Applied at bottom, stops its coarse,
Doomed ever in suspense to dwell,
’Tis now no kettle, but a bell.

A wooden jack, which had almost
Lost, by disuse, the art to roast,
A sudden alteration feels,
Increased by new intestine wheels;
And what exalts the wonder more,
The number made the motion slower.
The flyer, though ’t had leaden feet,
Turned round so quick, you scarce could see ’t;
But slackened by some secret power,
Now hardly moves an inch an hour.
The jack and chimney near allied,
Had never left each other’s side;
The chimney to a steeple grown,
The jack would not be left alone;
But up against the steeple reared,
Became a clock, and still adhered;
And still its love to household cares
By a shrill voice at noon declares,
Warning the cook-maid not to burn
That roast meat which it cannot turn.

The groaning chair began to crawl,
Like a huge snail along the wall;
There stuck aloft in public view;
And with small change a pulpit grew.

The porringers, that in a row
Hung high, and made a glittering show,
To a less noble substance changed,
Were now but leathern buckets ranged.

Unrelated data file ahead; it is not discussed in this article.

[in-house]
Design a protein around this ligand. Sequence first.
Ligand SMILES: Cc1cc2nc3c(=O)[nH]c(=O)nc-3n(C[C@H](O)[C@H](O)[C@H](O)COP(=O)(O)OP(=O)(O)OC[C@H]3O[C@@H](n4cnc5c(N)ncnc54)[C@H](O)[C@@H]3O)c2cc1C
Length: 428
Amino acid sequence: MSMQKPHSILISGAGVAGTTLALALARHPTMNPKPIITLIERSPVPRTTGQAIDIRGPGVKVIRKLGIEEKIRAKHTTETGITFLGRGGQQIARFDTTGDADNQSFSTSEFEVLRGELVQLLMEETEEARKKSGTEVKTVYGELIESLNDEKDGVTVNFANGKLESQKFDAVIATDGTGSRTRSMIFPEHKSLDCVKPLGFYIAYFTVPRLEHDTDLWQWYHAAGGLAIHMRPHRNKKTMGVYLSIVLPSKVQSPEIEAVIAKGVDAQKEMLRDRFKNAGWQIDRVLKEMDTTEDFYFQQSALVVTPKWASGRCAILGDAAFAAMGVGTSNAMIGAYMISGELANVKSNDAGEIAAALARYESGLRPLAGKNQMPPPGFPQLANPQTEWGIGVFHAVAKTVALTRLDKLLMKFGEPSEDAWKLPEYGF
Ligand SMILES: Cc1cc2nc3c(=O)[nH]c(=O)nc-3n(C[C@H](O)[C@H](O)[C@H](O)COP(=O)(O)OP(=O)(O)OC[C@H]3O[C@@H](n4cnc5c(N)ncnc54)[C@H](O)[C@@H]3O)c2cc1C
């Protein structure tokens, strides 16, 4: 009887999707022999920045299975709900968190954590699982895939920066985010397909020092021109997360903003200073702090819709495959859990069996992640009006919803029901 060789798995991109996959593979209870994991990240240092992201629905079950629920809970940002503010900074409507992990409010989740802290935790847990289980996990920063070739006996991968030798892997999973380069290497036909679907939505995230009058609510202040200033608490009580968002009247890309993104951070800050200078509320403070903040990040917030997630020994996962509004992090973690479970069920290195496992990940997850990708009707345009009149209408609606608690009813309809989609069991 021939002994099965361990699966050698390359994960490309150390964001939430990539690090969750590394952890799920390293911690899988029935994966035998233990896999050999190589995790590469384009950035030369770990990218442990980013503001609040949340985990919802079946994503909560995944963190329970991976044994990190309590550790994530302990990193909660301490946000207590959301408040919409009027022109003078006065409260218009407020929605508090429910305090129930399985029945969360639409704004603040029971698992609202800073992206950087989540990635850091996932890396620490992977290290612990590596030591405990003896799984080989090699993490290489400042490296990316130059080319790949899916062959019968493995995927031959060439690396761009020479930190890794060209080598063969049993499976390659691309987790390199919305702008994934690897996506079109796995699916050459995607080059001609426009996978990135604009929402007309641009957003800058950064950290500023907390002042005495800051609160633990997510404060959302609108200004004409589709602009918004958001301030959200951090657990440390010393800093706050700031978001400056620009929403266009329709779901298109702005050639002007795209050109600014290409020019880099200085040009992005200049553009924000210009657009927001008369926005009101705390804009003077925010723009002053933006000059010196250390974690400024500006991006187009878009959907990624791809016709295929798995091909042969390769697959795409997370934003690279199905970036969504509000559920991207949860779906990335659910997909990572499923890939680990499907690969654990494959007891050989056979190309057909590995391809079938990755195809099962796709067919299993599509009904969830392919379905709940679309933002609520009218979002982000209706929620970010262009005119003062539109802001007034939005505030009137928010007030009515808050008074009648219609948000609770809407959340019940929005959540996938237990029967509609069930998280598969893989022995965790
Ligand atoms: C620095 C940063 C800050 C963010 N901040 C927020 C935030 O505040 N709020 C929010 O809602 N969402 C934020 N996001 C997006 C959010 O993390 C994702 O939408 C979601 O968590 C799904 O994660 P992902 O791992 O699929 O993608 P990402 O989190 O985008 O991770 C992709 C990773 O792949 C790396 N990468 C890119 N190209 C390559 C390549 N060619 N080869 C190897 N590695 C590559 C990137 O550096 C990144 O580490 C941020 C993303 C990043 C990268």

The ballads pasted on the wall,
Of Joan of France, and English Moll,
Fair Rosamond, and Robin Hood,
The Little Children in the Wood,
Now seemed to look abundance better,
Improved in picture, size, and letter;
And high in order placed, describe
The heraldry of every tribe.

A bedstead of the antique mode,
Compact of timber, many a load,
Such as our ancestors did use,
Was metamorphosed into pews:
Which still their ancient nature keep,
By lodging folks disposed to sleep.

The cottage, by such feats as these,
Grown to a church by just degrees,
The hermits then desired their host
To ask for what he fancied most.
Philemon having paused a while,
Returned ’em thanks in homely style;
Then said, “My house is grown so fine,
Methinks I still would call it mine:
I’m old, and fain would live at ease,
Make me the Parson, if you please.”

He spoke, and presently he feels
His grazier’s coat fall down his heels;
He sees, yet hardly can believe,
About each arm a pudding sleeve;
His waistcoat to a cassock grew,
And both assumed a sable hue;
But being old, continued just
As thread-bare, and as full of dust.